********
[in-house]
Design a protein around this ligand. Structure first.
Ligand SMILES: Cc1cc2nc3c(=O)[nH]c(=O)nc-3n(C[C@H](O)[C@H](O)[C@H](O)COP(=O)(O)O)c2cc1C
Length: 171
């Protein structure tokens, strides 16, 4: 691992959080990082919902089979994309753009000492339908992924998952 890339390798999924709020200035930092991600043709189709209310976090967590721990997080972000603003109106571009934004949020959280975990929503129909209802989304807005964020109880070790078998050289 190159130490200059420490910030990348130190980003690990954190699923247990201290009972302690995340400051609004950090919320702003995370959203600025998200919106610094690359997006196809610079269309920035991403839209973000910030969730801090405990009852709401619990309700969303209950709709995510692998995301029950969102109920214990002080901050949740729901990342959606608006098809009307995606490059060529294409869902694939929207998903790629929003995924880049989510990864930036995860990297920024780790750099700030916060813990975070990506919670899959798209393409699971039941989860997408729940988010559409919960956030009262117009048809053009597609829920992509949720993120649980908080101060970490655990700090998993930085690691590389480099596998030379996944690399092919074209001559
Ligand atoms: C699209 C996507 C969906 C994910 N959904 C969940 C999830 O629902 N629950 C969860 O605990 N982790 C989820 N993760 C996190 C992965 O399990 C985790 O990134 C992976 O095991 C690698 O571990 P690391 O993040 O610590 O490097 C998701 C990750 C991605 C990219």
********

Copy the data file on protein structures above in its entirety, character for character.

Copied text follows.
[in-house]
Design a protein around this ligand. Structure first.
Ligand SMILES: Cc1cc2nc3c(=O)[nH]c(=O)nc-3n(C[C@H](O)[C@H](O)[C@H](O)COP(=O)(O)O)c2cc1C
Length: 171
């Protein structure tokens, strides 16, 4: 691992959080990082919902089979994309753009000492339908992924998952 890339390798999924709020200035930092991600043709189709209310976090967590721990997080972000603003109106571009934004949020959280975990929503129909209802989304807005964020109880070790078998050289 190159130490200059420490910030990348130190980003690990954190699923247990201290009972302690995340400051609004950090919320702003995370959203600025998200919106610094690359997006196809610079269309920035991403839209973000910030969730801090405990009852709401619990309700969303209950709709995510692998995301029950969102109920214990002080901050949740729901990342959606608006098809009307995606490059060529294409869902694939929207998903790629929003995924880049989510990864930036995860990297920024780790750099700030916060813990975070990506919670899959798209393409699971039941989860997408729940988010559409919960956030009262117009048809053009597609829920992509949720993120649980908080101060970490655990700090998993930085690691590389480099596998030379996944690399092919074209001559
Ligand atoms: C699209 C996507 C969906 C994910 N959904 C969940 C999830 O629902 N629950 C969860 O605990 N982790 C989820 N993760 C996190 C992965 O399990 C985790 O990134 C992976 O095991 C690698 O571990 P690391 O993040 O610590 O490097 C998701 C990750 C991605 C990219």